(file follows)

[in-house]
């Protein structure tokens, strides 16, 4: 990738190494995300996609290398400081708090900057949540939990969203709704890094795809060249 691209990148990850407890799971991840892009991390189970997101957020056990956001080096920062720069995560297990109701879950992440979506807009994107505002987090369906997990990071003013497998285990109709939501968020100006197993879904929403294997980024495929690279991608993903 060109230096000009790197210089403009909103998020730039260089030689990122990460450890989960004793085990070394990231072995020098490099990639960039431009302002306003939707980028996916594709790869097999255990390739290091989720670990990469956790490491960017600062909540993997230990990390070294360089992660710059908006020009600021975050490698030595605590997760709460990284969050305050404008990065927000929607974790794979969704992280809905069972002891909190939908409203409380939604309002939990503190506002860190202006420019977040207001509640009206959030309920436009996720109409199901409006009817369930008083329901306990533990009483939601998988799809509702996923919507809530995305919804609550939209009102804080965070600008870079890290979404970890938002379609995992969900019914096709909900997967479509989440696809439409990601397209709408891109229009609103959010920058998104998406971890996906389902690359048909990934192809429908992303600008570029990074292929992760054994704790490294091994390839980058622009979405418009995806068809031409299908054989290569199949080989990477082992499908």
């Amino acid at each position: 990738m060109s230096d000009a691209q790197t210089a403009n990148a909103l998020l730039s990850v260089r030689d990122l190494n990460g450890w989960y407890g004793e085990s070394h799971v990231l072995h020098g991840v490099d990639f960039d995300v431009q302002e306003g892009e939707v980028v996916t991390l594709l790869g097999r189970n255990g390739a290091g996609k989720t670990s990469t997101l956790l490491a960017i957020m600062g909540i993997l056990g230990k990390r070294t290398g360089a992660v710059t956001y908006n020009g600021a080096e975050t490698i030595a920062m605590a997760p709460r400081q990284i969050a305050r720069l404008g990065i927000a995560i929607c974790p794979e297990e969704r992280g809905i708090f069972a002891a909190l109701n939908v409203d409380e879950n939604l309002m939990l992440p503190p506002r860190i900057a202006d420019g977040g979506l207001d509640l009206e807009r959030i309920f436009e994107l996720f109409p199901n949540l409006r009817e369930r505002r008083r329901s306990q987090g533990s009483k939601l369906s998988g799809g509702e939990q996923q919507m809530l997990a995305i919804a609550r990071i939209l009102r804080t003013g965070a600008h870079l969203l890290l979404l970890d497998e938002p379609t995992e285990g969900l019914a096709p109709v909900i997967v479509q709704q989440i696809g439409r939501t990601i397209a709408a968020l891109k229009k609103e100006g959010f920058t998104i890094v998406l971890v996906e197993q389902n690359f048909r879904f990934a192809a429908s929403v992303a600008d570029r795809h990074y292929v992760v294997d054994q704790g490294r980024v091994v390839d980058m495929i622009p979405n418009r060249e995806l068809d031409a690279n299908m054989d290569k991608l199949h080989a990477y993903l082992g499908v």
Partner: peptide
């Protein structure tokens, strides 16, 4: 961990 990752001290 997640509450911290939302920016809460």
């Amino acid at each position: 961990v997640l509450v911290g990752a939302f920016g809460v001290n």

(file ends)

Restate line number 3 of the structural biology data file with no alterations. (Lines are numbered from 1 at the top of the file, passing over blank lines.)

């Amino acid at each position: 990738m060109s230096d000009a691209q790197t210089a403009n990148a909103l998020l730039s990850v260089r030689d990122l190494n990460g450890w989960y407890g004793e085990s070394h799971v990231l072995h020098g991840v490099d990639f960039d995300v431009q302002e306003g892009e939707v980028v996916t991390l594709l790869g097999r189970n255990g390739a290091g996609k989720t670990s990469t997101l956790l490491a960017i957020m600062g909540i993997l056990g230990k990390r070294t290398g360089a992660v710059t956001y908006n020009g600021a080096e975050t490698i030595a920062m605590a997760p709460r400081q990284i969050a305050r720069l404008g990065i927000a995560i929607c974790p794979e297990e969704r992280g809905i708090f069972a002891a909190l109701n939908v409203d409380e879950n939604l309002m939990l992440p503190p506002r860190i900057a202006d420019g977040g979506l207001d509640l009206e807009r959030i309920f436009e994107l996720f109409p199901n949540l409006r009817e369930r505002r008083r329901s306990q987090g533990s009483k939601l369906s998988g799809g509702e939990q996923q919507m809530l997990a995305i919804a609550r990071i939209l009102r804080t003013g965070a600008h870079l969203l890290l979404l970890d497998e938002p379609t995992e285990g969900l019914a096709p109709v909900i997967v479509q709704q989440i696809g439409r939501t990601i397209a709408a968020l891109k229009k609103e100006g959010f920058t998104i890094v998406l971890v996906e197993q389902n690359f048909r879904f990934a192809a429908s929403v992303a600008d570029r795809h990074y292929v992760v294997d054994q704790g490294r980024v091994v390839d980058m495929i622009p979405n418009r060249e995806l068809d031409a690279n299908m054989d290569k991608l199949h080989a990477y993903l082992g499908v």